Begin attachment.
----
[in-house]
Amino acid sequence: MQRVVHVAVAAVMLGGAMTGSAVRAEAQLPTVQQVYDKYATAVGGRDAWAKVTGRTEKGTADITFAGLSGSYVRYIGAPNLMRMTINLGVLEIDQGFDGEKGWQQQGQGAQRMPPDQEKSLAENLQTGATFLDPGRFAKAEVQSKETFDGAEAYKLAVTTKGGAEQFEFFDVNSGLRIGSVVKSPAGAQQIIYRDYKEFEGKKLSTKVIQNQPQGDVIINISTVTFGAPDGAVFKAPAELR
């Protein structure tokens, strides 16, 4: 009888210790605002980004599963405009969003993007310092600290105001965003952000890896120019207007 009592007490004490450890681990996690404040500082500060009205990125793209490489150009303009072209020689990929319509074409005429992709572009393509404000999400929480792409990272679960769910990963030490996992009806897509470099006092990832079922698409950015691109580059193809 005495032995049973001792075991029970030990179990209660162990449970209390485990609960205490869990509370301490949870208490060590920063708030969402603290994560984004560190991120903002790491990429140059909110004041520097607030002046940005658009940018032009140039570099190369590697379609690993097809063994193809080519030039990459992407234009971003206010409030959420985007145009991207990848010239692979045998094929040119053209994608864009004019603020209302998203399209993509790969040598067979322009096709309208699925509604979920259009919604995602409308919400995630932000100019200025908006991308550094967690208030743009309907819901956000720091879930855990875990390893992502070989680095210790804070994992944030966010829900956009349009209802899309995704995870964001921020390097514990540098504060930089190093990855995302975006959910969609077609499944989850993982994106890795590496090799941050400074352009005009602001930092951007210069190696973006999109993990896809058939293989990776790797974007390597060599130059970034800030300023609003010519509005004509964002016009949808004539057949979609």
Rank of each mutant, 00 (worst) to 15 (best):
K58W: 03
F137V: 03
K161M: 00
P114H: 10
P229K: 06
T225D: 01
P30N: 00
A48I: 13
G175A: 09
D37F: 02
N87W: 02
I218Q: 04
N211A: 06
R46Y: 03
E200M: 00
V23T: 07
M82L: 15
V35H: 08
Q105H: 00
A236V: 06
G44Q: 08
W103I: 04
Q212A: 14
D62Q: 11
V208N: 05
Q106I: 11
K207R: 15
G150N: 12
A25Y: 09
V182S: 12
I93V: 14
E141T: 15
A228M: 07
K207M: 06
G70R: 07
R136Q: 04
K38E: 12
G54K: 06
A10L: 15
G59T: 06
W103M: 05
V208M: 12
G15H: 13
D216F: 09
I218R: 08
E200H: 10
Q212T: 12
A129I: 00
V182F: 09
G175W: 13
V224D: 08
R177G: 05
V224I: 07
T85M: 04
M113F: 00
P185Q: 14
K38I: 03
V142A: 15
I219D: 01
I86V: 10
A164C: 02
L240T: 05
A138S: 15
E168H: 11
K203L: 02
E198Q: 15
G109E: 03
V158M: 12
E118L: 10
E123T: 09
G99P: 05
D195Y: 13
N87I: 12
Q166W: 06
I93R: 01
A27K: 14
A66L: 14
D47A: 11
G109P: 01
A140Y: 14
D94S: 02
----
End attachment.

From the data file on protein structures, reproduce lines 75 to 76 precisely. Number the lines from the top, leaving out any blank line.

G99P: 05
D195Y: 13